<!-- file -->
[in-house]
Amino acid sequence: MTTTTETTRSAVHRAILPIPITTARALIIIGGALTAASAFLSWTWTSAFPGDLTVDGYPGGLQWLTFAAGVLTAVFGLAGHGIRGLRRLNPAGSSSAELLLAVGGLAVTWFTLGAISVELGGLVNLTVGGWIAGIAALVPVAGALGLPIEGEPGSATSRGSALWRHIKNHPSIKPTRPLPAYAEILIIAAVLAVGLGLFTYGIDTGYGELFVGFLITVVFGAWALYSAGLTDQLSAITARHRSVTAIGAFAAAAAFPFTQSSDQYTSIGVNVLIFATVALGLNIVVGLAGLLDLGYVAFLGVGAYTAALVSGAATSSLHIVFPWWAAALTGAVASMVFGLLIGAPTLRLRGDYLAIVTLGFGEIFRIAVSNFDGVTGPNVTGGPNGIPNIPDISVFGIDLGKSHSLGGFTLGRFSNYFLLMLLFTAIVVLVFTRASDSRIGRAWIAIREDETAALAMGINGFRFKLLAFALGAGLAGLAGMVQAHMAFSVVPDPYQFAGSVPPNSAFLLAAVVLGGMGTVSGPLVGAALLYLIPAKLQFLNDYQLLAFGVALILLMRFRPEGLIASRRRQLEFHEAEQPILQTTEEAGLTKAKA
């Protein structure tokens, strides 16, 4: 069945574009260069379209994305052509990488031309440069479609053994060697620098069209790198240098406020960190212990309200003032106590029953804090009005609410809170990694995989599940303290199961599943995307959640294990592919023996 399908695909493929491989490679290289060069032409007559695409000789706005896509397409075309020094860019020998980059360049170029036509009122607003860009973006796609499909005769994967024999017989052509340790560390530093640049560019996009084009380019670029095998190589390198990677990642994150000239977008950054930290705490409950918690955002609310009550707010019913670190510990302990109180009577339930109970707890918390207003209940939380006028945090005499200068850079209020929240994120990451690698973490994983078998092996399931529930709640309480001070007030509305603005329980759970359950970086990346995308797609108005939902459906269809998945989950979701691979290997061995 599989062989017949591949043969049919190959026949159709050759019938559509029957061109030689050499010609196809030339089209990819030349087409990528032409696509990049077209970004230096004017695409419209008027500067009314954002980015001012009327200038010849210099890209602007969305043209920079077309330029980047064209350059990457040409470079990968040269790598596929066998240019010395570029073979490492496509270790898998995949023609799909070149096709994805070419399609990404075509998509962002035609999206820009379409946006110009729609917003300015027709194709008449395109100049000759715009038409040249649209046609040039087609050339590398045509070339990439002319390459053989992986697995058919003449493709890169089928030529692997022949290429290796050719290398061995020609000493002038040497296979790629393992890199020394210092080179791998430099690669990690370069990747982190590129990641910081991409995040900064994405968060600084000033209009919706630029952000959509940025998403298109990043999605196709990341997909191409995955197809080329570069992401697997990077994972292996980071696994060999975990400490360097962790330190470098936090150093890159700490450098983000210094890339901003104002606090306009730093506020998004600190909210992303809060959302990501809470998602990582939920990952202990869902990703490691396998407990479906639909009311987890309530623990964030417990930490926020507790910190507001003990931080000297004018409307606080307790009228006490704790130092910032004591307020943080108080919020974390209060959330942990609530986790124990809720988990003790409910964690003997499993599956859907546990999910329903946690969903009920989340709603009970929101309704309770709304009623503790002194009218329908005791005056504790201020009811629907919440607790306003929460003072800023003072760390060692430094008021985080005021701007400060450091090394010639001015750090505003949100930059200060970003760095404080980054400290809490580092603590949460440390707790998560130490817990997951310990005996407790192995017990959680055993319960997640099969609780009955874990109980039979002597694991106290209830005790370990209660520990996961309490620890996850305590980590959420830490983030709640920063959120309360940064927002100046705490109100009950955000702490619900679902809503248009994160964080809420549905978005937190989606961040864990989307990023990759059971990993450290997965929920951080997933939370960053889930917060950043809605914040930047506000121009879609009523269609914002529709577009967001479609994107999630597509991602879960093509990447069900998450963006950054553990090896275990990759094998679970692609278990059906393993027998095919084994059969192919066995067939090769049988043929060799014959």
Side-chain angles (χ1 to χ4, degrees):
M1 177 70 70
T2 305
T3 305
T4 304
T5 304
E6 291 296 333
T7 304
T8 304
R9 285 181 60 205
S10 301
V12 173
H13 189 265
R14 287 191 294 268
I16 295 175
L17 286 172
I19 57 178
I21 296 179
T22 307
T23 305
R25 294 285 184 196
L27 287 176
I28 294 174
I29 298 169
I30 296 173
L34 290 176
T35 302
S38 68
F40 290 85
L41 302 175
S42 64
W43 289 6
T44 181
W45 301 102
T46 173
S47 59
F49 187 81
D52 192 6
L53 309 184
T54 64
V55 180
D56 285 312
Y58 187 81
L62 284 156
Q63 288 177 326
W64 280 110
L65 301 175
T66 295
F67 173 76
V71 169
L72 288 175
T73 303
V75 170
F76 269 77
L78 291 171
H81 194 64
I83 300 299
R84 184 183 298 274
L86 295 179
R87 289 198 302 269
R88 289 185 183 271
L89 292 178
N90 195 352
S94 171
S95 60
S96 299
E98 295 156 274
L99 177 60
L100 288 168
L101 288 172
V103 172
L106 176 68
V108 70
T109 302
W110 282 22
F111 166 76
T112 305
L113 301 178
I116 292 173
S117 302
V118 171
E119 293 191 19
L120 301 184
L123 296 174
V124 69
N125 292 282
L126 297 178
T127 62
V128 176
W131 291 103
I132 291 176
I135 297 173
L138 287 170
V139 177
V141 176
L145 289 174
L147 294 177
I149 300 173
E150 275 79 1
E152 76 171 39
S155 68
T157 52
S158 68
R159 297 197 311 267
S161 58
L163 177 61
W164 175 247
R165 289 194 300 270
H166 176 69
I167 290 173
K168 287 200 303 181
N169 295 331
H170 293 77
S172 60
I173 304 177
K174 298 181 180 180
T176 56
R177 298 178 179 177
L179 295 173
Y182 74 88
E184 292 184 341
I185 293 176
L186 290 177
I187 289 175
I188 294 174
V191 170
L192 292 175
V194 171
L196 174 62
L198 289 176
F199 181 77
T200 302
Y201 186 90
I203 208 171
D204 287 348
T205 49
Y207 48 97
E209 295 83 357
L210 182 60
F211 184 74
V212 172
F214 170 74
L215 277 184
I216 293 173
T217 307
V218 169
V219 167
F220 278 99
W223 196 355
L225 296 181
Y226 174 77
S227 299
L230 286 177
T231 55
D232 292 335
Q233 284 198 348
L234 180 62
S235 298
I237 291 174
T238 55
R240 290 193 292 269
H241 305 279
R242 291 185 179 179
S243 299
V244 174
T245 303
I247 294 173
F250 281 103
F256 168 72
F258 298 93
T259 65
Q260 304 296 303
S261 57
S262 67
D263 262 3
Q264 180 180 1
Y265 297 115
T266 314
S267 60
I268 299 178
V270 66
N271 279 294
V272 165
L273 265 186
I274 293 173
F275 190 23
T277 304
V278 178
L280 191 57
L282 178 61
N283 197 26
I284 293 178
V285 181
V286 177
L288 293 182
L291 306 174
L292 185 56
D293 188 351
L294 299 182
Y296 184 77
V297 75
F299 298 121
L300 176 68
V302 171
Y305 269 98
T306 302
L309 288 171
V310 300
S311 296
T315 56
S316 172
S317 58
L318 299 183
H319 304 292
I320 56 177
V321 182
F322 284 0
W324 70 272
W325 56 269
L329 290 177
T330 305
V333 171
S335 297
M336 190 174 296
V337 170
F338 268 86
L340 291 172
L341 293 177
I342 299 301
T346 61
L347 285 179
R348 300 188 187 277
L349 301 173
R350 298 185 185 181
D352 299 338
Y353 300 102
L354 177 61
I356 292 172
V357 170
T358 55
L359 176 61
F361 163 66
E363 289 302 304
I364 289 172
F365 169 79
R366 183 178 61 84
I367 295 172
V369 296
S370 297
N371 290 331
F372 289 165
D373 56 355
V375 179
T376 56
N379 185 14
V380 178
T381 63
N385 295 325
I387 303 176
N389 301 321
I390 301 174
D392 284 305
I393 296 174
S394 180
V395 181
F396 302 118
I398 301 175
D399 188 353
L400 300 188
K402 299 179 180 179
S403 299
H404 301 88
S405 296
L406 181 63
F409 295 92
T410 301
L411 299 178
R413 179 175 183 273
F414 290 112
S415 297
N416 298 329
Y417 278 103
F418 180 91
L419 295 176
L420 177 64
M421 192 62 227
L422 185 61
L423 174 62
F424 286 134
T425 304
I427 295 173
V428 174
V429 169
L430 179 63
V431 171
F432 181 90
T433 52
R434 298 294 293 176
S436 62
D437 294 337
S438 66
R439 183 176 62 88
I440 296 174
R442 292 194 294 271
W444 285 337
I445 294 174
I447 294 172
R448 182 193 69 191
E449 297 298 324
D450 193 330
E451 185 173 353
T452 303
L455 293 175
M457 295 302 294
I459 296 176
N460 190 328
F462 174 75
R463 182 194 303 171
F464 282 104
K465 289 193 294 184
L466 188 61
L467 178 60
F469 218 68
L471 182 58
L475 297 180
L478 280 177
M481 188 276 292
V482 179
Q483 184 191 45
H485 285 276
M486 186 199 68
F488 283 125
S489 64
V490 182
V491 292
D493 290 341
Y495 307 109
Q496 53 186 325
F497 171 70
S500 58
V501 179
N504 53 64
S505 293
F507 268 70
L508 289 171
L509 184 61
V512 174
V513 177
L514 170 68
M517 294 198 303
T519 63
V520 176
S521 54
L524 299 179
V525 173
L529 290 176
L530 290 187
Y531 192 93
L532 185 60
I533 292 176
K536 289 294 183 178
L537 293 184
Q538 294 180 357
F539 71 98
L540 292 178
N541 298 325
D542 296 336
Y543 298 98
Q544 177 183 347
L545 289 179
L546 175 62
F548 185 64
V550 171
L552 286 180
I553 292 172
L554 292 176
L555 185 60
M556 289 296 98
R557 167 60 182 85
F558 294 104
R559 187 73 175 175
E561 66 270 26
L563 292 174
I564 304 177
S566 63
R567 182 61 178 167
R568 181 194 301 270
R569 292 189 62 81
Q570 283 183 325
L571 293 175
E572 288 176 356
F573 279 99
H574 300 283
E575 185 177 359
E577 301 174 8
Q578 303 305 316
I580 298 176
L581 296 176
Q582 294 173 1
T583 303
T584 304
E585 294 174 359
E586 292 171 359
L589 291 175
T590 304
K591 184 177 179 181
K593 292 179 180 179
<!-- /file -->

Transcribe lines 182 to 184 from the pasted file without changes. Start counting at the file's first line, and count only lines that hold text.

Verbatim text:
S267 60
I268 299 178
V270 66